The growing acceptance of Linux as an enterprise OS has captured the attention of consumers and market giants alike. Until recently, Linux was seen primarily as a developer's tool. Now it's increasingly common to see it doing heavy lifting alongside OSes from industry leaders such as Hewlett-Packard Co., IBM Corp., and Sun Microsystems Inc. In reaction to this trend, both Oracle Corp. and IBM have decided to embrace the platform and get in on the Linux action.
This could mean big things for the OS: Support from two such influential companies surely will make Linux a more tangible and widespread option for businesses.
IBM is in the process of rolling out Linux support across all its servers and software platforms. In fact, some IBM systems, such as System/390 and Netfinity, already run Linux like a charm.
And if there's one thing for which IBM is known, it's service, even for systems outside its own ward. IBM not only provides all the frontline support for its own hardware but also for systems running on Windows NT and Windows 2000.
Businesses can count on similar around-the-clock support for the company's Linux-based products without worrying that the vendor will pass the buck to the Linux distribution company or, even worse, to some open-source developer in Kuwait.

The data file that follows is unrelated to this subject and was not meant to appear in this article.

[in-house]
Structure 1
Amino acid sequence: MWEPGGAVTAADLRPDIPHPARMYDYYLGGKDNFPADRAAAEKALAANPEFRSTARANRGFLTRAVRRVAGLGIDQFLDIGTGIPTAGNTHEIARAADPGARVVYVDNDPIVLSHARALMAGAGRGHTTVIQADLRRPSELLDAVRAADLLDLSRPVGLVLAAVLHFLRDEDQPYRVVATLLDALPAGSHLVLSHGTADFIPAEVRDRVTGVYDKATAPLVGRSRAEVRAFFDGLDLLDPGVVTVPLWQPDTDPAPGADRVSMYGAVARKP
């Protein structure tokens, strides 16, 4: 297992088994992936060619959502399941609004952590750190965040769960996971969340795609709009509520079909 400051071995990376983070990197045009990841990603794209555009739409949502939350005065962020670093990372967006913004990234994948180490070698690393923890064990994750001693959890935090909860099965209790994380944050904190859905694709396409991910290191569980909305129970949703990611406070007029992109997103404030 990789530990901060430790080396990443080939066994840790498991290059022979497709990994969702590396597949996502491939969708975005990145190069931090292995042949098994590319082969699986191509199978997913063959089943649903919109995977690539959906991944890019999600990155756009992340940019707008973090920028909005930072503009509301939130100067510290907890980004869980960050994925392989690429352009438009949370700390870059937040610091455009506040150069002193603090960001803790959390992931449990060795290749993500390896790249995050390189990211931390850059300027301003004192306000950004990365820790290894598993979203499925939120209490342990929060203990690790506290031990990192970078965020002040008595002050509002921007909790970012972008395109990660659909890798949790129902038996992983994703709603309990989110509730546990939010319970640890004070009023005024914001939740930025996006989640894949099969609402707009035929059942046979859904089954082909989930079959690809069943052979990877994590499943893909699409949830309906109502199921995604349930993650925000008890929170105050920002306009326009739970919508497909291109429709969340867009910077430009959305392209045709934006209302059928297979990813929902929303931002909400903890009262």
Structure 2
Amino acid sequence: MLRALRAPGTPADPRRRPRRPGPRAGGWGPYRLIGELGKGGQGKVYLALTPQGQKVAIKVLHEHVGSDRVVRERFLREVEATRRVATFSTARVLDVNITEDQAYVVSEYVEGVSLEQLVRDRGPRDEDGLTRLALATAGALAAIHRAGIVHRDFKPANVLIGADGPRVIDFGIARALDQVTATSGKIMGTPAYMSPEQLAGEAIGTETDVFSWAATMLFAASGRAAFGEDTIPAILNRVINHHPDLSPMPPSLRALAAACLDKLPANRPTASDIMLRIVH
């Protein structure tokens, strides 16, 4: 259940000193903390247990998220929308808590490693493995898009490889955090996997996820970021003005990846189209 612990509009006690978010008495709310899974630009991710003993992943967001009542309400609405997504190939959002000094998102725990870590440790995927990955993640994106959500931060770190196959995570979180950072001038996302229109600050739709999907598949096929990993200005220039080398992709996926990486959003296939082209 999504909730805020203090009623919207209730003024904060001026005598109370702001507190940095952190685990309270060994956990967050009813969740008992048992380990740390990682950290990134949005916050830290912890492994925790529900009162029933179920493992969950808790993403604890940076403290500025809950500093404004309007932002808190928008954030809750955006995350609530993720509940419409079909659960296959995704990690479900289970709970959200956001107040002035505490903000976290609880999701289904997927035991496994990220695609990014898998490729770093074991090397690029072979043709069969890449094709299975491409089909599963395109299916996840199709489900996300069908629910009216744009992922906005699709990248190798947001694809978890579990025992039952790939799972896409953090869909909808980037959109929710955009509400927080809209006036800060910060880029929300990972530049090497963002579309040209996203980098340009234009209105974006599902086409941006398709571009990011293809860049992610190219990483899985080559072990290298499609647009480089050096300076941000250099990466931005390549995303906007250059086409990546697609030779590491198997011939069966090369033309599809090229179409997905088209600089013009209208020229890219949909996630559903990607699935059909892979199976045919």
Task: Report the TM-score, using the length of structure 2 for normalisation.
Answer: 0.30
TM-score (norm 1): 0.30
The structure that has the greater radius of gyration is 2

Of course, supporting Linux can be costly if your company is an all-Windows shop. But if you currently use AIX, Solaris, or other flavors of Unix, your administrators will pick up the Linux lingo easily.
In short, Big Blue's support of the platform makes it a safe investment for companies that currently rely on IBM products. And IBM plans to contribute its enhancements to the open-source community. This is mutually beneficial: Linux will enjoy the fruits of Big Blue's labor and IBM will gain greater support from other Linux developers.
Whereas other vendors are supporting Linux in a haphazard way, Oracle is committed to the OS as a primary platform for its software, on par with AIX, HP-UX, Solaris, Windows NT, and Windows 2000. This approach is not surprising from Oracle, which is too savvy a company to ignore the growing flocks of Linux consumers on the horizon.
By using a common code base across all its platforms, Oracle makes itself a lot more appealing to customers, who will spend less time perusing features matrices and more time solving business problems.
Although a few foundational issues, such as clustering support and manageability, remain problems for Linux-based Oracle products, they should be viewed as potholes, not roadblocks. In fact, Oracle's Parallel Server technology is currently under test on Linux; upon release it will provide an infrastructure offering both availability and performance.
By adopting Linux, neither IBM nor Oracle commit radical operational changes.
But the pace and comprehension with which they are bringing the platform on board signals the readiness of Linux for prime time.
Senior analyst P.J. Connolly covers enterprise services. Address your virus-free e-mail messages to email@example.com. Kevin Railsback is the West Coast technical director of the InfoWorld Test Center. You can reach him at firstname.lastname@example.org.